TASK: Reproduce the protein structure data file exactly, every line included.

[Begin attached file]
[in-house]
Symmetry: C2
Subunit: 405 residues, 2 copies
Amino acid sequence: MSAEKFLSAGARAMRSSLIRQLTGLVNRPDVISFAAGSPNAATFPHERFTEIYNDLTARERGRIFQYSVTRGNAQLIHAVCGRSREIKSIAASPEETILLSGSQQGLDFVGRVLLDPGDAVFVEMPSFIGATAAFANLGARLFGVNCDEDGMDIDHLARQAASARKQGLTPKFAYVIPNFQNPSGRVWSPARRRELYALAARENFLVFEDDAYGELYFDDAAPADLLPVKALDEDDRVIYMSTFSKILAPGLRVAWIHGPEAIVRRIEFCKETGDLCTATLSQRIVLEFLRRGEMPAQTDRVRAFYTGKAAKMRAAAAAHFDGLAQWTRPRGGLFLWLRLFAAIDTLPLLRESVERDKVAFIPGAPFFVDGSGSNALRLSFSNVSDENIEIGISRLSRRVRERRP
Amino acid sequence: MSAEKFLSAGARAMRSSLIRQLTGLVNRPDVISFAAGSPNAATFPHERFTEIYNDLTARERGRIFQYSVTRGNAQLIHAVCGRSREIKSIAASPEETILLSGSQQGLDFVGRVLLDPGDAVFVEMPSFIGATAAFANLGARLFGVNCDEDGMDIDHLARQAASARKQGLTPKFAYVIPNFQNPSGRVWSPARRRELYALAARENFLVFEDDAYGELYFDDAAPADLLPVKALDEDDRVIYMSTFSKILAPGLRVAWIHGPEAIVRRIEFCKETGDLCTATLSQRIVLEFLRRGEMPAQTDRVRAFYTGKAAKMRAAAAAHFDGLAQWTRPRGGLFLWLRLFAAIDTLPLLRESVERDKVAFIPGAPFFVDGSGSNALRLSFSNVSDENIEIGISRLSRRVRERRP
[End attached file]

[in-house]
Symmetry: C2
Subunit: 405 residues, 2 copies
Amino acid sequence: MSAEKFLSAGARAMRSSLIRQLTGLVNRPDVISFAAGSPNAATFPHERFTEIYNDLTARERGRIFQYSVTRGNAQLIHAVCGRSREIKSIAASPEETILLSGSQQGLDFVGRVLLDPGDAVFVEMPSFIGATAAFANLGARLFGVNCDEDGMDIDHLARQAASARKQGLTPKFAYVIPNFQNPSGRVWSPARRRELYALAARENFLVFEDDAYGELYFDDAAPADLLPVKALDEDDRVIYMSTFSKILAPGLRVAWIHGPEAIVRRIEFCKETGDLCTATLSQRIVLEFLRRGEMPAQTDRVRAFYTGKAAKMRAAAAAHFDGLAQWTRPRGGLFLWLRLFAAIDTLPLLRESVERDKVAFIPGAPFFVDGSGSNALRLSFSNVSDENIEIGISRLSRRVRERRP
Amino acid sequence: MSAEKFLSAGARAMRSSLIRQLTGLVNRPDVISFAAGSPNAATFPHERFTEIYNDLTARERGRIFQYSVTRGNAQLIHAVCGRSREIKSIAASPEETILLSGSQQGLDFVGRVLLDPGDAVFVEMPSFIGATAAFANLGARLFGVNCDEDGMDIDHLARQAASARKQGLTPKFAYVIPNFQNPSGRVWSPARRRELYALAARENFLVFEDDAYGELYFDDAAPADLLPVKALDEDDRVIYMSTFSKILAPGLRVAWIHGPEAIVRRIEFCKETGDLCTATLSQRIVLEFLRRGEMPAQTDRVRAFYTGKAAKMRAAAAAHFDGLAQWTRPRGGLFLWLRLFAAIDTLPLLRESVERDKVAFIPGAPFFVDGSGSNALRLSFSNVSDENIEIGISRLSRRVRERRP